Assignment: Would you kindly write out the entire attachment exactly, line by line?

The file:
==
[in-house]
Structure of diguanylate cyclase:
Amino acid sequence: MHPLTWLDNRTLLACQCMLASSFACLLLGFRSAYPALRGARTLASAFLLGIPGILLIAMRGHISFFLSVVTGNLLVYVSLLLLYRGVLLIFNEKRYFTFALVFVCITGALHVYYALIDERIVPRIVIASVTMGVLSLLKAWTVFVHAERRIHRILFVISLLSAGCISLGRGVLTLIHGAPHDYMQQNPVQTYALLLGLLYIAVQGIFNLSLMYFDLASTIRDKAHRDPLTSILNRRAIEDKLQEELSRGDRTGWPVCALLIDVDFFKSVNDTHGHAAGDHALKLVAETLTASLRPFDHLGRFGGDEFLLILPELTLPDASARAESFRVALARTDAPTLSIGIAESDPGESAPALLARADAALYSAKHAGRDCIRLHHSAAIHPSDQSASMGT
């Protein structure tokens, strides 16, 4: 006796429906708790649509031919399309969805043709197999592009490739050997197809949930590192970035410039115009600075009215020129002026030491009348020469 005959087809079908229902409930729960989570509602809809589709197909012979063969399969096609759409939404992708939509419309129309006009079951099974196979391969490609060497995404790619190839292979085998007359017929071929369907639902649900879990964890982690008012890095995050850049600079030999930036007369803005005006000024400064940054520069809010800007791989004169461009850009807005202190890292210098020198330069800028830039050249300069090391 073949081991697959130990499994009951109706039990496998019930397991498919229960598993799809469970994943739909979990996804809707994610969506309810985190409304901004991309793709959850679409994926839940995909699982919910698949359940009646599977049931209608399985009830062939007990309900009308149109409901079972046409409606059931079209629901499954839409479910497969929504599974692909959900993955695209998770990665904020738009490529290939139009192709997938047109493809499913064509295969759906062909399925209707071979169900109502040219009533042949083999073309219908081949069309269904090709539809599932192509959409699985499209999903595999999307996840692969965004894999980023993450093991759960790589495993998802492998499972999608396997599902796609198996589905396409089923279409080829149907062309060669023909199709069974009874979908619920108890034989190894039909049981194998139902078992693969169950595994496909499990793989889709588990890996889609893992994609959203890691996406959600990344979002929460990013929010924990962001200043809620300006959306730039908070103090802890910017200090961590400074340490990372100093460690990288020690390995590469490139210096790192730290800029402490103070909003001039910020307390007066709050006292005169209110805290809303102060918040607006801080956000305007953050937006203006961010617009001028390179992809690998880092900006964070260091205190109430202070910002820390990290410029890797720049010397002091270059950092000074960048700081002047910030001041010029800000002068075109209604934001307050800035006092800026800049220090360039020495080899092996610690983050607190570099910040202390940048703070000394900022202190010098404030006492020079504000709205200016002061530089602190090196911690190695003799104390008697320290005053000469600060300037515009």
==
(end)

[in-house]
Structure of diguanylate cyclase:
Amino acid sequence: MHPLTWLDNRTLLACQCMLASSFACLLLGFRSAYPALRGARTLASAFLLGIPGILLIAMRGHISFFLSVVTGNLLVYVSLLLLYRGVLLIFNEKRYFTFALVFVCITGALHVYYALIDERIVPRIVIASVTMGVLSLLKAWTVFVHAERRIHRILFVISLLSAGCISLGRGVLTLIHGAPHDYMQQNPVQTYALLLGLLYIAVQGIFNLSLMYFDLASTIRDKAHRDPLTSILNRRAIEDKLQEELSRGDRTGWPVCALLIDVDFFKSVNDTHGHAAGDHALKLVAETLTASLRPFDHLGRFGGDEFLLILPELTLPDASARAESFRVALARTDAPTLSIGIAESDPGESAPALLARADAALYSAKHAGRDCIRLHHSAAIHPSDQSASMGT
């Protein structure tokens, strides 16, 4: 006796429906708790649509031919399309969805043709197999592009490739050997197809949930590192970035410039115009600075009215020129002026030491009348020469 005959087809079908229902409930729960989570509602809809589709197909012979063969399969096609759409939404992708939509419309129309006009079951099974196979391969490609060497995404790619190839292979085998007359017929071929369907639902649900879990964890982690008012890095995050850049600079030999930036007369803005005006000024400064940054520069809010800007791989004169461009850009807005202190890292210098020198330069800028830039050249300069090391 073949081991697959130990499994009951109706039990496998019930397991498919229960598993799809469970994943739909979990996804809707994610969506309810985190409304901004991309793709959850679409994926839940995909699982919910698949359940009646599977049931209608399985009830062939007990309900009308149109409901079972046409409606059931079209629901499954839409479910497969929504599974692909959900993955695209998770990665904020738009490529290939139009192709997938047109493809499913064509295969759906062909399925209707071979169900109502040219009533042949083999073309219908081949069309269904090709539809599932192509959409699985499209999903595999999307996840692969965004894999980023993450093991759960790589495993998802492998499972999608396997599902796609198996589905396409089923279409080829149907062309060669023909199709069974009874979908619920108890034989190894039909049981194998139902078992693969169950595994496909499990793989889709588990890996889609893992994609959203890691996406959600990344979002929460990013929010924990962001200043809620300006959306730039908070103090802890910017200090961590400074340490990372100093460690990288020690390995590469490139210096790192730290800029402490103070909003001039910020307390007066709050006292005169209110805290809303102060918040607006801080956000305007953050937006203006961010617009001028390179992809690998880092900006964070260091205190109430202070910002820390990290410029890797720049010397002091270059950092000074960048700081002047910030001041010029800000002068075109209604934001307050800035006092800026800049220090360039020495080899092996610690983050607190570099910040202390940048703070000394900022202190010098404030006492020079504000709205200016002061530089602190090196911690190695003799104390008697320290005053000469600060300037515009």